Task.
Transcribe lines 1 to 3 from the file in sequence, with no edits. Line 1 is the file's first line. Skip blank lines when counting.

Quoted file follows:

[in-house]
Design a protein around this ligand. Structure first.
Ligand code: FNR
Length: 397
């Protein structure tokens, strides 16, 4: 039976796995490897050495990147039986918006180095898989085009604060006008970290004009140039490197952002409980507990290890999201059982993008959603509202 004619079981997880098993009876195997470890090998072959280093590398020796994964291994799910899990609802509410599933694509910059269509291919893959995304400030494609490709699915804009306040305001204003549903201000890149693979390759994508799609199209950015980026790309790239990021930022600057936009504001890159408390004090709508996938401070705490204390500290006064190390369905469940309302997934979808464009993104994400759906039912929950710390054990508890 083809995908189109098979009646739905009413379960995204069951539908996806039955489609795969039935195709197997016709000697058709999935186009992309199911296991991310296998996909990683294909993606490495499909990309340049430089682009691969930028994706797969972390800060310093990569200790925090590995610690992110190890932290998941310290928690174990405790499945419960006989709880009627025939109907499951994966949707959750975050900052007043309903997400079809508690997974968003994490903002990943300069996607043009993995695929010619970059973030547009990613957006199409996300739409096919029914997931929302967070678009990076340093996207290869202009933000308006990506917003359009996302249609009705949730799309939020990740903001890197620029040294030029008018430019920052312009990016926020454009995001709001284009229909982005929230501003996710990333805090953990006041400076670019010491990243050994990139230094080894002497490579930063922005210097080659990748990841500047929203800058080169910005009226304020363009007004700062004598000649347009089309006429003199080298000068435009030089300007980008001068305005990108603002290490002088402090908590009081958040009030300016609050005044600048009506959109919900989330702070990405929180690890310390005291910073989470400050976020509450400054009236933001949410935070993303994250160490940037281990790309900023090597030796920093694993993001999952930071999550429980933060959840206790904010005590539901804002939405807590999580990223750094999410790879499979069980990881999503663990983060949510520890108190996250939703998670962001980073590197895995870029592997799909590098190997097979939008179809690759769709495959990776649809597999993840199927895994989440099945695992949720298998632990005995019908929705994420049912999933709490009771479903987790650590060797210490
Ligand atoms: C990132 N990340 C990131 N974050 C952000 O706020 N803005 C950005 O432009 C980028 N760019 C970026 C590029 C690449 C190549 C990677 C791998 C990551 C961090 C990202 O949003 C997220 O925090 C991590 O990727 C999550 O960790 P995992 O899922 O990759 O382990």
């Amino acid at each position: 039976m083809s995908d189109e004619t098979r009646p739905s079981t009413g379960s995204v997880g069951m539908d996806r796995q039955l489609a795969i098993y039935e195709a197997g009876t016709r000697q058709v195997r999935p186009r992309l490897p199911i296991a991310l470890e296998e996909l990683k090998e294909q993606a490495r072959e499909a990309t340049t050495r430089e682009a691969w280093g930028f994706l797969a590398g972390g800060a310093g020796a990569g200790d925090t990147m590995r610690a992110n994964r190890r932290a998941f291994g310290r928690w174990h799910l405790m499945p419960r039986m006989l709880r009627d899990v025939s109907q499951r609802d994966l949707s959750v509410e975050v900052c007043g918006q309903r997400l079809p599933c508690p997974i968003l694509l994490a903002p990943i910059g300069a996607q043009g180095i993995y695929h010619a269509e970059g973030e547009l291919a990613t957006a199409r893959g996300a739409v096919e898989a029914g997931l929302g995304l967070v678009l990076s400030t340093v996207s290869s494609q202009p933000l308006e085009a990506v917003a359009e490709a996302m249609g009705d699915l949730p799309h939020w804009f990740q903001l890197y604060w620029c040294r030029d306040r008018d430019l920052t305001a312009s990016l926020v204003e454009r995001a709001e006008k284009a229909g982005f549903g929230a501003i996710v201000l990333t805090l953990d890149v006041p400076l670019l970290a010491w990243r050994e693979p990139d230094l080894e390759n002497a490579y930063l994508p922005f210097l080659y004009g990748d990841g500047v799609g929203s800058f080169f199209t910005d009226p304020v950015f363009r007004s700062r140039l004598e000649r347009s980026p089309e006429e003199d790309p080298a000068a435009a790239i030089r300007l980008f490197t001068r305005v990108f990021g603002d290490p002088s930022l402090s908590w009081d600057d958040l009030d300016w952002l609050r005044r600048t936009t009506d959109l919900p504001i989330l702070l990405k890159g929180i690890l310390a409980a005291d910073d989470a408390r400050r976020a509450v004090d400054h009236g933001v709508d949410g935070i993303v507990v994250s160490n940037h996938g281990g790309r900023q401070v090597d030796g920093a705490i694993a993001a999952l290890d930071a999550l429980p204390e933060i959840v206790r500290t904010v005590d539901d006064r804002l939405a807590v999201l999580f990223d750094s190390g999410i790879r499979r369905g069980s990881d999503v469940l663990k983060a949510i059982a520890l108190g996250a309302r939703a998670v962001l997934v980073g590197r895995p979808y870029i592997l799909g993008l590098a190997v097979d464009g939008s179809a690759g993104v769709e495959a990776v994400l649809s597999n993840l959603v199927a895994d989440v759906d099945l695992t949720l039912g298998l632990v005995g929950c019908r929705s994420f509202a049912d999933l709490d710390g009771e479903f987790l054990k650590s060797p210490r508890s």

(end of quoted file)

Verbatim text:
[in-house]
Design a protein around this ligand. Structure first.
Ligand code: FNR